She looked up and blinked rapidly, hoping the motion would keep the tears from falling. Leslie knew that Nana would counsel her to smile, to keep the world from knowing that “she didn’t have enough cinnamon for her snickerdoodles”. And just thinking of laughing with Nana made the threat of falling tears worse.
Sometimes, she allowed herself to remember the Dex she first met, the one who she now imagined would have been encouraging. But the Dex of the end, neglectful and absent, the one who caused her to waver between rage and confusion, and to forget there were good times, the anger over him was what she felt most and it was what helped her put him behind her faster. With this anger, the tears dried.
She wandered to the back, where many of the extra pieces were stored, keeping an eye out for trails of ants. That woman with the shoulder-sweeping plastic beaded chains looped through the long holes in her earlobes, she swore to Leslie that it was really paint and gesso despite her written descriptions of using yogurt and pig’s blood, a statement against her orthodox upbringing. Leslie moved two of her own boxes to a wall by themselves under a poster listing the tour’s artists, ‘Leslie Moore’ midway down the list.
It made her beam with delight to see her name displayed. The others she assumed took their status on tour for granted. She had met a few of them. The strident blood and yogurt atheist with the lingering aroma of a stable. The ethereal one with the flecked pottery vases more than one owner called vomit bowls behind her back. She knew the one who inked the beautiful and realistic portraits of nude women was a recluse. He would email a response to any phone calls.
By this point she herself had sold more than half of the things she had made for the tour. Thinking that brought a wash of dread over her stomach. She wanted to have her wheel and loom. And soon. If she found a place to live, new colors would make themselves known. Hopefully bright ones. Curved pinks, sharp pinprick orange arrows, triangular greens and yellow splatters. No more of these swipes of blues and dark golds.
Quincy poked his head into the room. “Is it safe?”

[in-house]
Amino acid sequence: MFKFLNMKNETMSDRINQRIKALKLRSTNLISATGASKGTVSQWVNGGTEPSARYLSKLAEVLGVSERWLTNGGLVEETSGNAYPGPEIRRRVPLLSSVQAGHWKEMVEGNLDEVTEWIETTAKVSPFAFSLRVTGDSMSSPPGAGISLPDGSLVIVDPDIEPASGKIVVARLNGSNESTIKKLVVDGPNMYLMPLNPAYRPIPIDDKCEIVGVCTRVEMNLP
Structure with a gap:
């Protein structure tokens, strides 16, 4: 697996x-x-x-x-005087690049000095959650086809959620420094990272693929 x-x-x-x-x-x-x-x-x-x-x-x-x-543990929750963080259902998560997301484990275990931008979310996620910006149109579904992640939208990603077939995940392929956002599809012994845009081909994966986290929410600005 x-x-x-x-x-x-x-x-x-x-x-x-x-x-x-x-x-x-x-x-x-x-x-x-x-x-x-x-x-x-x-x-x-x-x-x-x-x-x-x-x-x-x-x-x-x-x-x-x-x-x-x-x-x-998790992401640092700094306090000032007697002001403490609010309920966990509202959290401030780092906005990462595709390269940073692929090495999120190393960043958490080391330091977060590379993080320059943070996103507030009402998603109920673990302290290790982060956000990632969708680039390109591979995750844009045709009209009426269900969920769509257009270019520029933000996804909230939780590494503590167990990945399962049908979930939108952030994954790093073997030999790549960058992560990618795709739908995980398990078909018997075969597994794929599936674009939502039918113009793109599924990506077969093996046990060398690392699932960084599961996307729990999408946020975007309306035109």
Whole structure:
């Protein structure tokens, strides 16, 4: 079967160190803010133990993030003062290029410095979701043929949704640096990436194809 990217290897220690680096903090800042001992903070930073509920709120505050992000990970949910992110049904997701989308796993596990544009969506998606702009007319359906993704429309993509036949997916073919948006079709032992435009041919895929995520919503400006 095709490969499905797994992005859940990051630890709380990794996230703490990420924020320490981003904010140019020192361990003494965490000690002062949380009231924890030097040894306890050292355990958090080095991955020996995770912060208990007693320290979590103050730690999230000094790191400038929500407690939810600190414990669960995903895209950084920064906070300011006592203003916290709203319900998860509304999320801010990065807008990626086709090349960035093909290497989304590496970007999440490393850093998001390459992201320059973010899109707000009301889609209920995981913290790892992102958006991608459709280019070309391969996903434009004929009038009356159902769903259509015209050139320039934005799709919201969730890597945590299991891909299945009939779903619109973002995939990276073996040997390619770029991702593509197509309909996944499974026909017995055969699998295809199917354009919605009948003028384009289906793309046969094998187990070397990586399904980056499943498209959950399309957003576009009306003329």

“Did you really throw her stuff out the back door?”
“Let me ask you this, how much has she sold?”
“She was pretty popular in Manhattan. I think Asheville, too.”
“So, enough that we can call it shrinkage and comp her half if she misses it,” He pressed his fingers to his lips. “Do you mind if we skip lunch? There was also a roach.”
“I’m not hungry. But -”
“I know. A place to stay. Are you thinking a room? A house?”
“A room? I could live in one room.”
Quincy motioned her out into the gallery and handed her some latex gloves. “Do you mind?” He donned another pair and pointed at the trough. They carried it to the back door.
He continued. “I’m guessing there’s now a man involved. Or is it a woman? Either way, you don’t strike me as the impulsive type.”
“Impulsive? You mean me liking a woman would be impulsive?”
“Moving because you met someone would be impulsive. You liking a woman? That would make me question myself.”
They started wiping off the cello, and shaking out ants. “I don’t understand?”
“If I can’t tell you’re straight –”
“I did meet a man. But I also don’t have a home to go back to.”
Quincy gave her an oblique look. “It’s always the conventional looking ones who surprise you the most,” He held up a hand to ward off any more of her questions. “I have a house, with an upstairs studio that I am semi-using, and you could be a caretaker.”
“Caretaker? Of someone? I am not sure that -”
“No! No, no, no. Of plants. You don’t kill things, do you? Ants don’t count.” Leslie shook her head. “My partner, my husband, recently, he gave me an ultimatum. Something had to go. My clients, their shows or my plants. You can stay there, water the plants and pay us a nominal fee.”
“What’s nominal?” The door buzzer went off, high black dots on a field of white, indicating the gallery’s front door had opened.
They both leaned over to see the tall brown-eyed man standing just inside, looking up.
“It’s him? That’s him.” Leslie was startled.
“Hm, you have good taste. Nominal, that we can discuss. Why are you staring at him?”
“Why is he here?”
“Sweet child, he’s interested, and I doubt it’s in art. Shoo!” He gave her a light push.
Leslie slowly approached Sam. “Hi, again.”
He hadn’t expected to see her, just her work.
“I’m a little early on my way to a meeting over there,” He jerked his thumb behind him. “Thought I’d take a look.”
She stared him, the yellow and green triangles dancing over his shoulders.
Sam continued. “Since you’re here, I was wondering, can you take me to dinner tomorrow? For our date.”
She watched their sparkle. “I’d like that.”
“And which East Bay Inn are you at? There’s three.”
Leslie saw that Quincy was laying down a piece of paper on the counter. He wagged a finger at her and pointed to it.
“Excuse me.” She walked to see what he wanted, but Quincy had already left. On the paper, he had written ‘small percentage of sales’ and an address.